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The Financial Post
Saturday, July 11, 1998

Internet providers on defensive after Philip ruling

by Keith Damsell

Corporate Canada is enthusiastic but Internet providers are feeling defensive after struggling Philip Services Corp. won a court order that may curb investors' online chat.

"What's wrong about making people more responsible?" asked Toronto corporate lawyer and Internet surfer Derrick Tay. "Accountability is not a bad thing."

On Thursday, it was disclosed Philip had won court orders that will force Internet providers to turn over the names, addresses and messages of chat group users who have been criticizing the company and its officers since April.

The industrial waste recycling and metals firm has become the focus of angry and malicious gossip on the Internet after a copper trading scandal earlier this year that left it with losses of about US$200 million.

Recent Internet postings about Philip included personal attacks on its executives, including racial slurs and threats, the company said.

On Friday, some people leaving messages in chat rooms showed no fear of the firm's legal manoeuvre and were continuing to make the kind of comments that led Philip to go to court.

Others thought the ruling could boomerang on Philip. "What if the writers have evidence that what they have written is true? What if those providing negative information are current and valued employees?" said one user, dubbed "philiphasreallydoneitnow".

The ruling is expected to have broad implications for investors who talk on the Internet. If the court order remains unchallenged, their anonymity will disappear.

The decision is believed to mark the first time a Canadian court has waded into privacy issues in cyberspace. Jurisdiction over the Internet remains uncertain. The information highway is still largely self-regulated, but is not above the rule of law, including libel.

"The law is the law and you're not immune if you're speaking anonymously", said Rick Broadhead, author of the 1998 Canadian Internet Handbook.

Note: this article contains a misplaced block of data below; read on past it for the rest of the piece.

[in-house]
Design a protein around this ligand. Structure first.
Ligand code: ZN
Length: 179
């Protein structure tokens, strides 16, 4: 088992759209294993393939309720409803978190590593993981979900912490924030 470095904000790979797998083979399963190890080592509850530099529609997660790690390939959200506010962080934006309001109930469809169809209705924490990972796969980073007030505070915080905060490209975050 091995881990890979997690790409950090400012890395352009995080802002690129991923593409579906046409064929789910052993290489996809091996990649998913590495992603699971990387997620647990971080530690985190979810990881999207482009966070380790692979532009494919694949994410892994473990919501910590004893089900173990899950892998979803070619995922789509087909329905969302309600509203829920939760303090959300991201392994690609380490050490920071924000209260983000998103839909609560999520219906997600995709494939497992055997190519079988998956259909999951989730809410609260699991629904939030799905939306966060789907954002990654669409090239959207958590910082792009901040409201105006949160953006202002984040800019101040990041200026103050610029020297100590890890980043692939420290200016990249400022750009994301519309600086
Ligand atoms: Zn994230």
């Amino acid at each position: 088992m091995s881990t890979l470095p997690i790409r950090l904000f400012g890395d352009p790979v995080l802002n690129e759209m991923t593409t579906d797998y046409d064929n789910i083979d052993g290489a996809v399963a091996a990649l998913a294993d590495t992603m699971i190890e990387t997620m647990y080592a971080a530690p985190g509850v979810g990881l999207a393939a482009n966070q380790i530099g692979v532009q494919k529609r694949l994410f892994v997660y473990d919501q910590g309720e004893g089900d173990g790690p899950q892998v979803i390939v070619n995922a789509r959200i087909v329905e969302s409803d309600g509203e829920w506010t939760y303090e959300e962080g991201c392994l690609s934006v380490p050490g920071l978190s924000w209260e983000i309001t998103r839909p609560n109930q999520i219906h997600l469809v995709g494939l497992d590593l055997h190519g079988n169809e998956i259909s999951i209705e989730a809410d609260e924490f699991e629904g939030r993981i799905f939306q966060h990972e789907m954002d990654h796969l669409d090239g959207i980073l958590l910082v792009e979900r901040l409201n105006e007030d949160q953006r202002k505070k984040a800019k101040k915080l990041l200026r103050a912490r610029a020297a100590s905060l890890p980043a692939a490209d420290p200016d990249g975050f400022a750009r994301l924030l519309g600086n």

The potential end of secrecy has won strong reviews from companies and investors alike.

"The identity of people who make attacks should be disclosed", said Hugh Leggatt, spokesman for Placer Dome Inc.

Since early 1997, the Vancouver company's legal battle with Crystallex International Corp. over control of a Venezuelan gold property was fodder for online critics. Placer Dome received its share of "cheap shots" during the battle, but never took legal action, Leggatt said.

Misinformation was much more damaging for Crystallex shareholder Roger Bird. Chat room assurances about the company's gold claim prompted the Florida-based investor to snap up stock. When Crystallex lost its case last month, his losses topped US$61,000.

"I was naive", he said. On the Internet, "there's a huge credibility factor ... you have no idea ... who anybody is".

But customer privacy remains a "paramount principle" for the 120 members of the Canadian Association of Internet Providers, said president Ron Kawchuk.

"It's important for us to recognize the value of someone's privacy", said Nadir Desai, chief executive of the Canadian subsidiary of U.S. Internet giant PSINet Inc. His firm is reviewing the Philip court order.

The court's ruling "isn't addressing the issue" of Internet security, said Scott Remborg, Internet senior vice-president at MediaLinx Interactive LP. MediaLinx operates Sympatico, the Stentor group of phone companies' Internet service. The developing technology of cyberspace means e-mail containing hate messages may not even stem from the Internet provider in question, Remborg said.

By Friday afternoon, several Internet providers had complied with the court order.

"We haven't decided what we want to do with the information", said Philips spokeswoman Lynda Kuhn. "The goal was to stop the defamation."


Copyright © 1998 by The Financial Post. All Rights Reserved. Reprinted with permission.